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I don't usually play these methods, and I don't have a specific meaning about this auction.

I have the agreement that after they balance, double is penalty unless our last bid was 1NT or lower. This rule therefore does't apply.

I also have the agreement that double is penalty if takeout is impossible. Since 3325 is possible, this rule does't apply either.

My conclusion is that if we would play these methods, double would be takeout, and I would be comfortable that my partner would come to the same conclusion.

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What is the task of the selection committee? If they are charged with selecting the team with the best possible chances of winning, then that is what they should do.

It could be argued that keeping the same team is best for team spirit, and thus the team should stay the same, but depending on circumstances other arguments are possible.

By the way, the soccer/football world cup just started. Can you imagine a coach choosing players simply because they played in the qualifiers, even if clearly better players recovered from an injury that kept them from playing earlier? No of course not, that would be absurd.

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West holding 4 clubs is irrelevant.

When clubs are 3-3, you win half the time by playing for the drop. There are 20 specific 3-3 distributions, so your expected win by dropping is 10 holdings.

When clubs are 2-4, you win one third of the time by playing for the drop, and win two third of the time by finessing. So your expected win by finessing is one third of those distribution. There are 15 specific 2-4 distributions, so your expected win by finessing is 5 holdings.

5 is half of 10, so you should finesse if a specific 2-4 distribution is more than twice as likely as a specific 3-3 distribution. Deal the first five cards so that west gets 2 and east gets 3. You should finesse if (empty spaces east -3) is greater than twice (empty spaces west -2)

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Interesting discussions!

Thinking about partnerships that are also emotionally attached to each other, and whether it is a disadvantage or an advantage, I first thought about father and son Helness, who score very well when playing together. Of course, father Helness has also been quite successful with another partner.

In the Netherlands you have Richard and Maggie, whose results together are probably considerably better than the results either of them has had with others.

Another partnership that comes to mind is Sabine and Roy. It is hard to compare their results together with the results they've had with others, but my impression is that they play really well together.

How about Bilde-Bilde, Bessis-Bessis, Stansby-Stansby?

Han Peters

Han Peters

Han Peters

Han Peters

Suppose halfway through a knock out match you find yourself in 7S with the following cards:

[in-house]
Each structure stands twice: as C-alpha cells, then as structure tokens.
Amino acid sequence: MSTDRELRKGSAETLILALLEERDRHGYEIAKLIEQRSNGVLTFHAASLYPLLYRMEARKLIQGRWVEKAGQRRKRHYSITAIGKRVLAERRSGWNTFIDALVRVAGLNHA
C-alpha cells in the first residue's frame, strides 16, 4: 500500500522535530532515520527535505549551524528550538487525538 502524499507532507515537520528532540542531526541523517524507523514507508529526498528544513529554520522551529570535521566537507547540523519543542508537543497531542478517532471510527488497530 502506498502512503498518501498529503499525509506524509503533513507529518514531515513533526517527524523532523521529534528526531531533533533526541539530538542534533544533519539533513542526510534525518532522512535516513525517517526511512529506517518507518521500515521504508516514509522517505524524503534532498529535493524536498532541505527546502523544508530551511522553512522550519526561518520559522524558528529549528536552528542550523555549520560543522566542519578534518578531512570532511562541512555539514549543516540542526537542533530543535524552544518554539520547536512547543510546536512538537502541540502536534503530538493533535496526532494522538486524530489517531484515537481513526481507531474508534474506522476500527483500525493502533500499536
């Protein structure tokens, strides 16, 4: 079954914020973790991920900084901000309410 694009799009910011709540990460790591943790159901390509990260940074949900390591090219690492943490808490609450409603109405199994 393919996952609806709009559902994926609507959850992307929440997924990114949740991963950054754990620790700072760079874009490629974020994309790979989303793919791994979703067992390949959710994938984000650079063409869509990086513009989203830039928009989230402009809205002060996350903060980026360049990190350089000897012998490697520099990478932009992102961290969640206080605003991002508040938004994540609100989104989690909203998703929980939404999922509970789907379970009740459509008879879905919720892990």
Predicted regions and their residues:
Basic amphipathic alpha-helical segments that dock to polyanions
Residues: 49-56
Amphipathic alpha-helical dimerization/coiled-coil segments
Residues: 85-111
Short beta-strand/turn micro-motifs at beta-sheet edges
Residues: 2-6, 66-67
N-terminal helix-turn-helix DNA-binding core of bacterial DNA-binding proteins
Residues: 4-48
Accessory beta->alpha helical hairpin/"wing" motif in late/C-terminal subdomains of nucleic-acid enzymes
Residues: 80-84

AKT

Qx

AKQJxx

Qx

Qxxxxx

AT

x

Axxx

The opponents were silent during the auction. West leads the 5 of hearts, 3rd or low. Which heart do you call from dummy, and why?

Should it matter, the auction was:

2C (weak with diamonds, or strong) - 2S (natural NF)

2NT (22-23 balanced) - 3C (presumably natural)

3S 4D

4S 4NT

5D 5NT

7S pass

Han Peters

Han Peters

Han Peters

I have the agreement that after they balance, double is penalty unless our last bid was 1NT or lower. This rule therefore does't apply.

I also have the agreement that double is penalty if takeout is impossible. Since 3325 is possible, this rule does't apply either.

My conclusion is that if we would play these methods, double would be takeout, and I would be comfortable that my partner would come to the same conclusion.

Han Peters

Playing the ace is only wrong if the finesse works and hearts can't be picked up.

Han Peters

Han Peters

Han Peters

It could be argued that keeping the same team is best for team spirit, and thus the team should stay the same, but depending on circumstances other arguments are possible.

By the way, the soccer/football world cup just started. Can you imagine a coach choosing players simply because they played in the qualifiers, even if clearly better players recovered from an injury that kept them from playing earlier? No of course not, that would be absurd.

Han Peters

When clubs are 3-3, you win half the time by playing for the drop. There are 20 specific 3-3 distributions, so your expected win by dropping is 10 holdings.

When clubs are 2-4, you win one third of the time by playing for the drop, and win two third of the time by finessing. So your expected win by finessing is one third of those distribution. There are 15 specific 2-4 distributions, so your expected win by finessing is 5 holdings.

5 is half of 10, so you should finesse if a specific 2-4 distribution is more than twice as likely as a specific 3-3 distribution. Deal the first five cards so that west gets 2 and east gets 3. You should finesse if (empty spaces east -3) is greater than twice (empty spaces west -2)

Han Peters

Han Peters

Han Peters

Han Peters

Thinking about partnerships that are also emotionally attached to each other, and whether it is a disadvantage or an advantage, I first thought about father and son Helness, who score very well when playing together. Of course, father Helness has also been quite successful with another partner.

In the Netherlands you have Richard and Maggie, whose results together are probably considerably better than the results either of them has had with others.

Another partnership that comes to mind is Sabine and Roy. It is hard to compare their results together with the results they've had with others, but my impression is that they play really well together.

How about Bilde-Bilde, Bessis-Bessis, Stansby-Stansby?

Han Peters

Han Peters

Han Peters

Han Peters